Following a recent growth trend, sales of U.S. fresh berries will continue to expand by 7 percent per year over the next three years, according to a report released by Rabobank’s Food and Agribusiness Research and Advisory (FAR) group. Despite an upward sales momentum, the report finds that berry growers and grower-shippers will be challenged to maintain profitability due to a number of factors.
The report, titled “The U.S. Fresh Berry Boom – Who Will Profit from the Growth?” cites escalating production costs, resource constraints, import competition and the sheer market power of retailers as reasons why producer margins will continue to face pressure.
“While the near-term outlook for U.S. fresh berry sales looks good, producers are likely to continue to experience rising costs and constrained resources,” said Karen Halliburton Barber, assistant vice president and senior agricultural analyst with FAR and the author of the report. “Successful players in the coming years will embrace growing demand with greater production efficiencies and innovation, taking advantage of new varieties and technology advancements.”
California berry growers, most notably those in strawberries, are likely to face the biggest challenges as labor availability, crop protection, land resources and pricing all stand to adversely influence their profitability. Currently, 88 percent of the country’s fresh strawberries and significant portions of fresh blueberries, raspberries and blackberries are grown in California.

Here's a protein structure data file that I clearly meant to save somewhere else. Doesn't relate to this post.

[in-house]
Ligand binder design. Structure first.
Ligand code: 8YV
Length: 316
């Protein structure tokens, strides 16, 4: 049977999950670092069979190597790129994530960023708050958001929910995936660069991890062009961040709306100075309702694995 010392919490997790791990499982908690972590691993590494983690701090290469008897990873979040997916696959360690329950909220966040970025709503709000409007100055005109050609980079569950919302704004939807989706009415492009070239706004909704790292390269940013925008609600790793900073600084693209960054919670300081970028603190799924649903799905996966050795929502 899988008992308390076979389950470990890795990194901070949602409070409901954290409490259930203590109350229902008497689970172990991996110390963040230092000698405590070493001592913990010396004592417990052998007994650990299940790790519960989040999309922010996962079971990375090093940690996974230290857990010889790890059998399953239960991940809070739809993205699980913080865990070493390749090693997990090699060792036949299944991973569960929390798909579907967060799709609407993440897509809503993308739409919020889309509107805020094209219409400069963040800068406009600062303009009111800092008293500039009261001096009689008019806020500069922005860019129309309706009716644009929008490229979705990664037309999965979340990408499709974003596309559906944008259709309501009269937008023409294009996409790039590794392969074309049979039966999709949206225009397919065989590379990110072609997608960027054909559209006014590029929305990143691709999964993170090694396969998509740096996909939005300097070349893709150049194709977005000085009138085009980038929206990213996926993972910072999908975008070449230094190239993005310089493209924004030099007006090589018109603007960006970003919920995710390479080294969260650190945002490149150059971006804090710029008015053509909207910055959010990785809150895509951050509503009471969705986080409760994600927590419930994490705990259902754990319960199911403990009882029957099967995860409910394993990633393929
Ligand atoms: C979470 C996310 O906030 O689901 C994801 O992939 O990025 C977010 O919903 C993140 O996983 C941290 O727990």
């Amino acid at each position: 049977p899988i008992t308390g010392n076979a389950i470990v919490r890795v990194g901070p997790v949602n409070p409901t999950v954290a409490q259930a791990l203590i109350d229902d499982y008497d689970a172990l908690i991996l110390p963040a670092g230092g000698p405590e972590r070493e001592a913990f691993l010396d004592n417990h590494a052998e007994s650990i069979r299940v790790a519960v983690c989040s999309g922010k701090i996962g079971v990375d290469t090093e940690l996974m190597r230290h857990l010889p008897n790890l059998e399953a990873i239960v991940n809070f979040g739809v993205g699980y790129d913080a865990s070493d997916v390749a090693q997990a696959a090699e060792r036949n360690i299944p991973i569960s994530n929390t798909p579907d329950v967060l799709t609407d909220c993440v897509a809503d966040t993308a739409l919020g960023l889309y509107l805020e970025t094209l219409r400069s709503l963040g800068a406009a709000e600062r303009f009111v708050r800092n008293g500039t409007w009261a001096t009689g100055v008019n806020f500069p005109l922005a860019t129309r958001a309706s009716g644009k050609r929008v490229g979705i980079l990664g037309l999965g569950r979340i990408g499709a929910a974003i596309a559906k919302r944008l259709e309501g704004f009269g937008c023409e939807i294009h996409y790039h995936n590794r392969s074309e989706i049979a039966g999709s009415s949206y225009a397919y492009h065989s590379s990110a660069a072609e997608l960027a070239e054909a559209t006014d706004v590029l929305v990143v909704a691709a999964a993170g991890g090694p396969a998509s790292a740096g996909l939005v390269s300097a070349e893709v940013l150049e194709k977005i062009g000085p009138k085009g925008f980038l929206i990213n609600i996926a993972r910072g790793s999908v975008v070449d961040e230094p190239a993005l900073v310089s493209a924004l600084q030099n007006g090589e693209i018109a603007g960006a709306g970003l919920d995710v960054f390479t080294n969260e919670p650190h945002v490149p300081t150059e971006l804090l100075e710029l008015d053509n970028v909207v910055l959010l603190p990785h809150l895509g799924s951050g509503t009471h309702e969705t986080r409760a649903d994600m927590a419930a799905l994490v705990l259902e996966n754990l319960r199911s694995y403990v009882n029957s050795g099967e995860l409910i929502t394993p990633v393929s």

Florida, another significant producer of fresh berries, faces challenges very similar to that of California with one key addition: import pressure. Florida has faced increasing pressure in recent years because of increases in imports of strawberries and blueberries from Mexico and Chile that compete directly with Florida’s season. Chile now accounts for over 50 percent of imported blueberries.
“There are many unique as well as shared challenges across the U.S. fresh berry sector, depending on the berry and the location of production,” said Barber. “One example that is common for strawberry producers throughout the country is the elimination of methyl bromide for crop protection.”
The report speaks directly to the use of methyl bromide, considered the ‘silver bullet’ of crop protection due to its ability to treat both weeds and pathogens. The phasing out of the soil fumigant has left strawberry growers without an equivalent alternative. The report cites some California growers experiencing crop losses of up to 70 percent after switching to a less effective, new fumigant.
The report concludes that given the likelihood of increased pressures on profit margins, industry consolidation is likely among less efficient U.S. berry producers. Smaller independent growers can however seek to create strategic production partnerships and niche market opportunities in an attempt to stay economically viable.
The most successful producers are keeping up with growing consumer demand while controlling costs through gains in efficiency and productivity. This has been possible because of breakthroughs in new varieties, which have increased yields, extended growing seasons, and resulted in improved product flavor and shelf life. New technology solutions and crop protection alternatives are also emerging, together with opportunities for growers to manage production risks through greater geographical diversification.